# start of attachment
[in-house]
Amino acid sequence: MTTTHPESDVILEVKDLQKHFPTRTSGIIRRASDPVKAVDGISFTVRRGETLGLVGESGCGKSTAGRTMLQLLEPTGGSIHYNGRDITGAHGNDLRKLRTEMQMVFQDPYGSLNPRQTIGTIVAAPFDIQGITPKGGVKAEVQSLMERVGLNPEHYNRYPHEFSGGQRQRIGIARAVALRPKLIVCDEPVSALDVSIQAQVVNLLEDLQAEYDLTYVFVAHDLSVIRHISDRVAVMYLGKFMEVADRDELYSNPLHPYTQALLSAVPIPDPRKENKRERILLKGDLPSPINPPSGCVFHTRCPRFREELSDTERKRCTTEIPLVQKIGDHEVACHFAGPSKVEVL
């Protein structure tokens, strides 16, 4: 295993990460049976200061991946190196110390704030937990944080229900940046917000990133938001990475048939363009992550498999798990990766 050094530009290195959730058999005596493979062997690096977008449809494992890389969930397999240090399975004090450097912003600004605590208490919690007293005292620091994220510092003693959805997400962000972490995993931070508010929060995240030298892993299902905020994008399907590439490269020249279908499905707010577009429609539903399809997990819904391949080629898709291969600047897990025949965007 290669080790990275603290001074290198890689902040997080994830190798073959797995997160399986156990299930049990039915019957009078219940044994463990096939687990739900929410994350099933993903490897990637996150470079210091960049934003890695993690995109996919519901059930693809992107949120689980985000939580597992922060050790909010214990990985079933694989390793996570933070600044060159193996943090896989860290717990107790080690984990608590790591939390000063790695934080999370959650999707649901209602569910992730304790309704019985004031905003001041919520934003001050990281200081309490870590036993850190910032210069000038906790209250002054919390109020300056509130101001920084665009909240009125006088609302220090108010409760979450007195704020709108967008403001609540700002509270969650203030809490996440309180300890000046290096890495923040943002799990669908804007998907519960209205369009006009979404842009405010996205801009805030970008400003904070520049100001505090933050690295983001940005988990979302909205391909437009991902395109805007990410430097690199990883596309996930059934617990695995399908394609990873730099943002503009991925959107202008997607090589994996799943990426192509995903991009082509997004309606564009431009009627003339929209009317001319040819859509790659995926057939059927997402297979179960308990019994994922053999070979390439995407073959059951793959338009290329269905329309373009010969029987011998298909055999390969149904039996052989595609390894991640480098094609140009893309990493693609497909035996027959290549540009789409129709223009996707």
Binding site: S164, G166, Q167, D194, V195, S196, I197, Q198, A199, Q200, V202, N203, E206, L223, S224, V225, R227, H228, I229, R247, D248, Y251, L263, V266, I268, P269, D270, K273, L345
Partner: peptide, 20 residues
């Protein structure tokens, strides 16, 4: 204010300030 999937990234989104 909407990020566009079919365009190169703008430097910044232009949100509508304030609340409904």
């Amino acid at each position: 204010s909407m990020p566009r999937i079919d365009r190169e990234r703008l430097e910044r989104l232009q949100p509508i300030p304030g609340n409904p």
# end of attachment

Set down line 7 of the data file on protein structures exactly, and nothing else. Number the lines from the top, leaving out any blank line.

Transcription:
């Amino acid at each position: 204010s909407m990020p566009r999937i079919d365009r190169e990234r703008l430097e910044r989104l232009q949100p509508i300030p304030g609340n409904p």